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Old 12-05-2016, 06:57 AM
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Ug. What a mess.

In my opinion you do not HAVE to do anything YOU dont want to do.
Do what you can, when you can.
If his family wants it to be all about him, then let them do the work.
They are being unreasonable.

He will drive himself crazy at this pace.
Eventually you have to accept that this Is what it is, and nothing is going to change it. (most likely) And there is no need for you do be running around like a chicken with its head cut off.

He screwed himself when he talked to the police without an attny.
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Old 12-05-2016, 07:24 AM
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I think he hasn't told his mother everything. There are times when I want to mail her all 4 of the disks from his first questioning, which they called an "interview." It lasted 4 hours. His lawyer, whom we paid up front in cash, didn't really do much. I even listened to all 4 of those disks for her because she kept putting it off. Sixteen months in, she still hadn't listened to them. And I reported back to her what I had found.

And I also think that because she was cavalier about the whole thing, they've decided that every lawyer is out to get him. There's a lot of family dialogue about him that revolves around him being a victim and helpless because he's in prison. Holy cow, that is -so- not the man I know. He's ordinarily the most straight-up, stalwart, fearless, hardest to intimidate but most easygoing guy I've ever known. I think being behind bars is messing with his head. And his mom isn't helping with her incessant calls about "my poor innocent baby." She feeds him a steady diet of it. And I also think that because he has such a charismatic personality, the people he spends time with in prison all believe what he says.

I guess I know that I don't have to do anything. Rather, I wonder about what other prison wives and husbands do. Am I a slacker. I spent 6 months writing his post-conviction relief documents (and compiling a ton of relevant case law) and they are so good, so says his new lawyer, that she would have thought an attorney wrote them. They were so good that the judge didn't deny the motion, he appointed her. But now my husband thinks it's taking too long. And that if I was actually working, and if she was actually working, he'd be out.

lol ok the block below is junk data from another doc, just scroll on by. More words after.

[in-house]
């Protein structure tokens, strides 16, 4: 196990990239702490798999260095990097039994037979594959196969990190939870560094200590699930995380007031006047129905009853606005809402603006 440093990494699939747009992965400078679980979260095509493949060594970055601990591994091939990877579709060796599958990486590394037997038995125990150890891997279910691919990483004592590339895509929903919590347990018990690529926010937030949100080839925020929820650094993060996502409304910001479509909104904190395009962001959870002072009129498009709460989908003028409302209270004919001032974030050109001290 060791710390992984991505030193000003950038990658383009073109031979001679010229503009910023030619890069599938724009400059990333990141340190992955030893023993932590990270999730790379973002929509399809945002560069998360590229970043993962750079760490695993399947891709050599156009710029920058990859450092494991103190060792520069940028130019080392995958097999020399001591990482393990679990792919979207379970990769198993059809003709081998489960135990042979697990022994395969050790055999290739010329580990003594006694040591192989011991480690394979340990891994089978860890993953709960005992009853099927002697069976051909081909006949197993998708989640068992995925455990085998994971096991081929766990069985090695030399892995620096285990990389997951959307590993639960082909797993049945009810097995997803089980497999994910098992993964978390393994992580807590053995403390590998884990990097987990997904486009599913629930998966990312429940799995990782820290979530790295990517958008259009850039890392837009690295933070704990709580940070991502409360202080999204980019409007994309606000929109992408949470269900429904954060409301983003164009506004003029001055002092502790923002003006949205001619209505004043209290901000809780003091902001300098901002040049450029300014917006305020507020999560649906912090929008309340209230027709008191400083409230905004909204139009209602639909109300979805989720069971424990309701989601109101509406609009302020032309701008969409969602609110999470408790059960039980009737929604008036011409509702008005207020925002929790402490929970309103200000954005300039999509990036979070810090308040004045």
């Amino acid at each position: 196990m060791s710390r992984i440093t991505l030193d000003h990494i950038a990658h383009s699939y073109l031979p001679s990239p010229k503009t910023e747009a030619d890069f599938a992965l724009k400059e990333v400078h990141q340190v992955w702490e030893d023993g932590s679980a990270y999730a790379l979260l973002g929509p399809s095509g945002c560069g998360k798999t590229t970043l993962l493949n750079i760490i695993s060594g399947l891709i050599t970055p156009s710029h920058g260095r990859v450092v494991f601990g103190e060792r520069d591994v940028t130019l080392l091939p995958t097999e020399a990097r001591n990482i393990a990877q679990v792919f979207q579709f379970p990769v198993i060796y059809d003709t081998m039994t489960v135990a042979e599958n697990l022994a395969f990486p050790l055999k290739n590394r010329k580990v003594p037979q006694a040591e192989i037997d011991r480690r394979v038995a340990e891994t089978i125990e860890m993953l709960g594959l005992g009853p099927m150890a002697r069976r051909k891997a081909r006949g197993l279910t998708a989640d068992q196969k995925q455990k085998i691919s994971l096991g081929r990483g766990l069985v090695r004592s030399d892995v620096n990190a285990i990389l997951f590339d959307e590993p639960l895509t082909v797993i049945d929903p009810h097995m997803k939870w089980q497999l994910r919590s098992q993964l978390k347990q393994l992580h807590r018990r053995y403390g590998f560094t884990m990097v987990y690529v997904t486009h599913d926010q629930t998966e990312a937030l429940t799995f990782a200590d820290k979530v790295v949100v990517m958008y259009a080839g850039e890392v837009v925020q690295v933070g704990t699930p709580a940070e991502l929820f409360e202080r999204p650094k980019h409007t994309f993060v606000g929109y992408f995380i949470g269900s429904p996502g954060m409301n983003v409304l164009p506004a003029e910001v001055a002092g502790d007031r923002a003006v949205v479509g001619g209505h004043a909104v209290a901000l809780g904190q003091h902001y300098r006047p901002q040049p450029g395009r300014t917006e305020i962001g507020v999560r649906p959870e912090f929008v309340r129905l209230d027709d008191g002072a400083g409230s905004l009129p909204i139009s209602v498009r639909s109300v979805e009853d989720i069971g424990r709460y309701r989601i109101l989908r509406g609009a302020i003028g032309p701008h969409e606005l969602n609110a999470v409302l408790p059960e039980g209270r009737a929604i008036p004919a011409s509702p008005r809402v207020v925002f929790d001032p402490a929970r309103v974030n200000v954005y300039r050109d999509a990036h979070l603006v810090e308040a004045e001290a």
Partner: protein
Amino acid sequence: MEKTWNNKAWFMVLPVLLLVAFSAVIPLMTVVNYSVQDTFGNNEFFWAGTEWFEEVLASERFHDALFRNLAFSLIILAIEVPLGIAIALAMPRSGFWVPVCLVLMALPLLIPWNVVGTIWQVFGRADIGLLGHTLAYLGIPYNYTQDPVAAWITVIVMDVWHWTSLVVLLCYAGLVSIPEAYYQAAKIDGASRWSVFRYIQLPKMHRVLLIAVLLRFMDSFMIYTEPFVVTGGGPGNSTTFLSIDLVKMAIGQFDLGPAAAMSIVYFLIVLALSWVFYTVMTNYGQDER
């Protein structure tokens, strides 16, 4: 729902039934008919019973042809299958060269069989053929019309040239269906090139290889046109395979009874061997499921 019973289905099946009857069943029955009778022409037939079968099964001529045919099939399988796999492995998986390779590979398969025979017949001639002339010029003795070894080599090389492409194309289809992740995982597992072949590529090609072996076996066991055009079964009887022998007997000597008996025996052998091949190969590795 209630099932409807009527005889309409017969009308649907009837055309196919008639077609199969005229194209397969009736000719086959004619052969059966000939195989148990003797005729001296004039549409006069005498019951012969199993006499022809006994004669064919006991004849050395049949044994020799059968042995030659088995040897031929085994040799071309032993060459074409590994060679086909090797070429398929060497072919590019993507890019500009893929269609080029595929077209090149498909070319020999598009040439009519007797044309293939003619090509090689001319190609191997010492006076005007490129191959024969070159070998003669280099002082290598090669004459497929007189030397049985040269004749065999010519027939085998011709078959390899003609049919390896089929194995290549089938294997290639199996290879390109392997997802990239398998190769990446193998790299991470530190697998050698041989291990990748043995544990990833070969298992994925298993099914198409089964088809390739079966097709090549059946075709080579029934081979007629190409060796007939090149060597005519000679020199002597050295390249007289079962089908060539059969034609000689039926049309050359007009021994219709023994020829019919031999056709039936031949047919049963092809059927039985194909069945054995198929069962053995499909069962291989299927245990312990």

Oy. I don't know. I guess I'm just venting now.
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Old 12-05-2016, 08:22 AM
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I think I would stop taking her calls (mil) and maybe quit reading her emails.
And you hub needs to know that everything surrounding prison/law/courts does not go on his time frame.
My hub and I used to joke there is real time, and then there is prison time.
You might remind him of some of the recent news about folks who are in prison, proved innocent thru newer dna testing and they are still not out yet.

No need for you to feel guilty. Not at all.
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Old 12-05-2016, 08:58 AM
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Originally Posted by LeeO View Post
I'm wondering if anyone else has a similar situation. And I wonder if there are some things I don't understand about handling my husband being in prison, or if there's just nothing else to be done.

He was arrested 4 years ago in January for a horrifying crime that his best friend and another guy committed. He was peripherally involved in that he had a conversation with those guys about it. So he's not technically 100% innocent in prison. But he is entirely innocent of attempted armed robbery and murder. He wasn't there, and not even the DA disputes that. He only found out about it the next day.

But that's neither here nor there.